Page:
The issue of food and nutritional security must be faced squarely, given the urgency of the problem. Hundreds of millions of our fellow human beings - perhaps even more than a billion - are suffering from hunger and malnutrition, their lives marred by the denial of what is universally recognised as a basic human right: the right to adequate food.
Brazil has vast experience with the question of food and nutritional security. For a long time, we have lived through the paradox of being a nation with extraordinary agricultural resources and yet with millions of people facing hunger and malnutrition.
Fortunately, Brazil is now reaping significant results from a concerted effort to reduce poverty and eradicate hunger. Over the last several years, we have made important progress, as almost 40 million people were lifted out of poverty since 2003, with a major reduction in socioeconomic inequality.
Brazil still has a long way to go. But it is moving forward rapidly.
President Dilma Rousseff has made putting an end to extreme poverty a main priority for the Brazilian government. The initiative she launched in 2011 - “Brazil without Extreme Poverty” - seeks to provide a minimal income to those Brazilians who still face a situation of serious vulnerability.
The problem of food security is also increasingly a part of Brazil’s foreign policy agenda. There is no development worthy of the name if it does not include social justice and food security, and not just for a single country, but for all people in all countries.
We know that sustainability is the key word. In that sense, the Rio+20 Conference was a turning point. Concern over food security was a central issue in the debates and deliberations in Rio de Janeiro.
In Rio, UN Secretary-General Ban Ki-moon launched what he called the “Zero Hunger Challenge”, with five fundamental goals: universal access to food, reduction of child malnutrition, the doubling of the productivity of micro-producers, promotion of sustainable food chains, and, lastly, the reduction of waste.
The trade-related aspects of food security are also of the utmost importance for Brazil and for many other developing countries. That is why the Rio+20 document underscored the role of international trade, on the basis of a universal, rules-based, open, non-discriminatory and equitable multilateral trading system, and included trade-distorting subsidies in the list of issues that must be addressed.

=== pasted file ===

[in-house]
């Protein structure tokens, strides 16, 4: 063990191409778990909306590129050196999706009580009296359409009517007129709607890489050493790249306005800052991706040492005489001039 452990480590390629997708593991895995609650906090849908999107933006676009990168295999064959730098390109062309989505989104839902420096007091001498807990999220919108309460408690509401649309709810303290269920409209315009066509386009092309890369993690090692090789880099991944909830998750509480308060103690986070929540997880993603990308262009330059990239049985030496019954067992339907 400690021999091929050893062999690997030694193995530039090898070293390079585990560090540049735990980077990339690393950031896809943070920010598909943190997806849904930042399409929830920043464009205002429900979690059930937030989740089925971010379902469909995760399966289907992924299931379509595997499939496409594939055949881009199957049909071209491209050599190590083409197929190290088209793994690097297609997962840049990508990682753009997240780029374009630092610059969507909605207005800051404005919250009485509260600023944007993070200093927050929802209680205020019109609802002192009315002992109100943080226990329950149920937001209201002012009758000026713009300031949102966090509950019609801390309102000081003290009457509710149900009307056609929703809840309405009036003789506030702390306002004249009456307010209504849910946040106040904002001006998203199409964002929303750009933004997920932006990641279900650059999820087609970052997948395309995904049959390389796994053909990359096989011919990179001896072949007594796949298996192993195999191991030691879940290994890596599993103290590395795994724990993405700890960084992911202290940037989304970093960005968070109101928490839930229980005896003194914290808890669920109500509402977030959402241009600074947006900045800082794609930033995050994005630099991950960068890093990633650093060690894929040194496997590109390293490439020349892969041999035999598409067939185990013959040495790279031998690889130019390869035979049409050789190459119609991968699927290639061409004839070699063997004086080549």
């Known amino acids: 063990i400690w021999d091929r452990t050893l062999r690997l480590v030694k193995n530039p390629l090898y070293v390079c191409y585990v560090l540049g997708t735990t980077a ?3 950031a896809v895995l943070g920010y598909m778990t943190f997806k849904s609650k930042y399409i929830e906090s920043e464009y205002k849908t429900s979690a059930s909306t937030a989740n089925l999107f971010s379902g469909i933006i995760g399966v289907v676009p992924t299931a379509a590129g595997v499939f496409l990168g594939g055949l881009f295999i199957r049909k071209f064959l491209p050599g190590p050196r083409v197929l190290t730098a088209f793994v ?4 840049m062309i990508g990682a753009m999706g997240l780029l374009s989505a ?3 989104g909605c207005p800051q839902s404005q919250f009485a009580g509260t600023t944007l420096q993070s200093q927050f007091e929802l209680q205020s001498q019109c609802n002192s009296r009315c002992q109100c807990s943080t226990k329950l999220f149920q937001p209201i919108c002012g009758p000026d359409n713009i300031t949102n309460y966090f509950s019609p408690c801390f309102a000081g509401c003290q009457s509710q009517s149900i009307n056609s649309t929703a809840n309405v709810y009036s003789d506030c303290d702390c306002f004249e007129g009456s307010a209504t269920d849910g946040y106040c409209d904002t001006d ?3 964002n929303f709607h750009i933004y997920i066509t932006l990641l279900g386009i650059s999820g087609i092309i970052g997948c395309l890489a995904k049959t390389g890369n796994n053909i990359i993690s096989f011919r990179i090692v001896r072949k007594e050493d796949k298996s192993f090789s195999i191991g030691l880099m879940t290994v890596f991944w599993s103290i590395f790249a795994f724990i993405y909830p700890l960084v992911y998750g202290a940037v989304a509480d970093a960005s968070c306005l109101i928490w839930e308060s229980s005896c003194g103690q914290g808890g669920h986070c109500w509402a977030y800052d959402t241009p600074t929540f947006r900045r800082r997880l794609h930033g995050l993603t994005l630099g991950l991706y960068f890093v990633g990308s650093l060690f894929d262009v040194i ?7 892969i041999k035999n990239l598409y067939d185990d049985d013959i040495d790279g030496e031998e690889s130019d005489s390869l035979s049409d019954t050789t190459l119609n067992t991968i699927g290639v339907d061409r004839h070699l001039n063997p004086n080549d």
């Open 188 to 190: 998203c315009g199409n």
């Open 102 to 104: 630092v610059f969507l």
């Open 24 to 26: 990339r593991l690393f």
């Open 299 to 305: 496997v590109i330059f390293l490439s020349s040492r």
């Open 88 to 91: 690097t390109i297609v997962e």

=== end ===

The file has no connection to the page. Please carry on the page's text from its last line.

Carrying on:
In Brazil’s view, it is crucial to consider food and nutritional security together with agricultural trade issues. Protectionism in developed countries has been threatening food security in developing countries, as it hinders agricultural production and discourages investment in the rural sector. Moreover, it is extremely detrimental to the development of global trade chains involving agricultural goods, which could contribute to increasing world food and nutritional security.
Brazil also exemplifies the fact that sustainable food and nutritional security is inconceivable without significant progress in agricultural productivity. The Brazilian Agricultural Research Corporation (EMBRAPA) continues to make a significant contribution to this effort, not only in Brazil, but also more and more in cooperation with other countries.
Another point is the central role of what we in Brazil call “family agriculture” - the smallholder farmers. The Brazilian government has been implementing a strong program to support small and poor farmers by ensuring them access to credit, technical assistance, crop insurance and marketing options, including through government purchases. The emphasis on this kind of agriculture is one of the drivers of the “More Food for Africa” project, which Brazil is carrying out with African countries.
In Africa, alongside the Food and Agriculture Organization of the United Nations, Brazil is also developing the “Purchase from Africans for Africa” program, by which the produce from household agriculture is bought for school feeding programs through the World Food Program, thus creating a virtuous circle of better nutrition, better learning and local development.
We have been sharing these and other experiences of virtuous circles with our partners in Latin America through regional meetings such as the Specialized Meeting on Household Agriculture of the Southern Common Market (MERCOSUL), which allows us to share our best practices in regards to sustainable food production and nutritional security.
Finally, we must stress the importance of enhancing food security in the context of the serious threats posed by climate change. Adaptation to climate change is a priority, particularly for developing countries, and a major part of adaptation refers to ensuring conditions for agricultural production at a level that ensures food security.
We must continue enhancing social protection and access to food. This will increase demand while making it urgent to increase production. So we must continue, at the same time, to work on agricultural research to enhance productivity, as well as on investment and on the strengthening of smallholder agriculture. We must also effectively tackle the problem of rich-country subsidies, which distort trade and threaten the development of agriculture in poorer countries.
In the words of the Brazilian scholar Josué de Castro, we will not have peace if half of the population does not sleep because they are hungry and the other half stays awake out of fear of those who have nothing to eat. Peace will be attained only when we ensure that the right to food is a human right that has to be protected, promoted and provided everywhere and for everyone.
Antônio de Aguiar Patriota